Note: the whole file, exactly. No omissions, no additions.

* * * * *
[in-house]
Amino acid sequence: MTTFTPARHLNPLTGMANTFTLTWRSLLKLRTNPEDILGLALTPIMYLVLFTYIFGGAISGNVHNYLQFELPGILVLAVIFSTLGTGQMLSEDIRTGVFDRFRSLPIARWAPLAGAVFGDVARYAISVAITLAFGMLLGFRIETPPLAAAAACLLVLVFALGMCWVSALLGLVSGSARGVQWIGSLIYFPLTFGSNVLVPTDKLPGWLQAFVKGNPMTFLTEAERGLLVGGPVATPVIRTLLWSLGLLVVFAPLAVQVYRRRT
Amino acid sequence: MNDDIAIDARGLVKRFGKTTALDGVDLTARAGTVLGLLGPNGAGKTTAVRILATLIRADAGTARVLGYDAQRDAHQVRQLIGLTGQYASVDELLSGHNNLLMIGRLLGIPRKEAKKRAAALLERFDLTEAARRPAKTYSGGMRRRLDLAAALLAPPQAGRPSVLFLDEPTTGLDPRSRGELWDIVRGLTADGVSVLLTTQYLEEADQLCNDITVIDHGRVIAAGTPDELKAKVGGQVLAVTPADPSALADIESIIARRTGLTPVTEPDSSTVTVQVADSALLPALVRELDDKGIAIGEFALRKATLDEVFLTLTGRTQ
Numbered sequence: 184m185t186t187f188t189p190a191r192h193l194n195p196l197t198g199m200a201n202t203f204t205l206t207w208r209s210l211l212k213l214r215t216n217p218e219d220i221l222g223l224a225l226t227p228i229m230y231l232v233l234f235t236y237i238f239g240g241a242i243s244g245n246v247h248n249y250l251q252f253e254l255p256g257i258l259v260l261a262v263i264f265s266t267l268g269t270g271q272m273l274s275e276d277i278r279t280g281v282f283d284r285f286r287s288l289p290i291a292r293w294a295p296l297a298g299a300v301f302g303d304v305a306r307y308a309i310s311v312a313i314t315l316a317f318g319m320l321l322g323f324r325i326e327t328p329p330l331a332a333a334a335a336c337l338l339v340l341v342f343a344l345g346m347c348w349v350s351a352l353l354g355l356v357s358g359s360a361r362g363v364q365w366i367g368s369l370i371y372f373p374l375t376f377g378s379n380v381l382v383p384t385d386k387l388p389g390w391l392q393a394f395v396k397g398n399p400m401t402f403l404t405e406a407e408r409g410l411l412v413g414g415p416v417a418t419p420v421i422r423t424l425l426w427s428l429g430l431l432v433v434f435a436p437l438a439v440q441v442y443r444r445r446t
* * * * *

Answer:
[in-house]
Amino acid sequence: MTTFTPARHLNPLTGMANTFTLTWRSLLKLRTNPEDILGLALTPIMYLVLFTYIFGGAISGNVHNYLQFELPGILVLAVIFSTLGTGQMLSEDIRTGVFDRFRSLPIARWAPLAGAVFGDVARYAISVAITLAFGMLLGFRIETPPLAAAAACLLVLVFALGMCWVSALLGLVSGSARGVQWIGSLIYFPLTFGSNVLVPTDKLPGWLQAFVKGNPMTFLTEAERGLLVGGPVATPVIRTLLWSLGLLVVFAPLAVQVYRRRT
Amino acid sequence: MNDDIAIDARGLVKRFGKTTALDGVDLTARAGTVLGLLGPNGAGKTTAVRILATLIRADAGTARVLGYDAQRDAHQVRQLIGLTGQYASVDELLSGHNNLLMIGRLLGIPRKEAKKRAAALLERFDLTEAARRPAKTYSGGMRRRLDLAAALLAPPQAGRPSVLFLDEPTTGLDPRSRGELWDIVRGLTADGVSVLLTTQYLEEADQLCNDITVIDHGRVIAAGTPDELKAKVGGQVLAVTPADPSALADIESIIARRTGLTPVTEPDSSTVTVQVADSALLPALVRELDDKGIAIGEFALRKATLDEVFLTLTGRTQ
Numbered sequence: 184m185t186t187f188t189p190a191r192h193l194n195p196l197t198g199m200a201n202t203f204t205l206t207w208r209s210l211l212k213l214r215t216n217p218e219d220i221l222g223l224a225l226t227p228i229m230y231l232v233l234f235t236y237i238f239g240g241a242i243s244g245n246v247h248n249y250l251q252f253e254l255p256g257i258l259v260l261a262v263i264f265s266t267l268g269t270g271q272m273l274s275e276d277i278r279t280g281v282f283d284r285f286r287s288l289p290i291a292r293w294a295p296l297a298g299a300v301f302g303d304v305a306r307y308a309i310s311v312a313i314t315l316a317f318g319m320l321l322g323f324r325i326e327t328p329p330l331a332a333a334a335a336c337l338l339v340l341v342f343a344l345g346m347c348w349v350s351a352l353l354g355l356v357s358g359s360a361r362g363v364q365w366i367g368s369l370i371y372f373p374l375t376f377g378s379n380v381l382v383p384t385d386k387l388p389g390w391l392q393a394f395v396k397g398n399p400m401t402f403l404t405e406a407e408r409g410l411l412v413g414g415p416v417a418t419p420v421i422r423t424l425l426w427s428l429g430l431l432v433v434f435a436p437l438a439v440q441v442y443r444r445r446t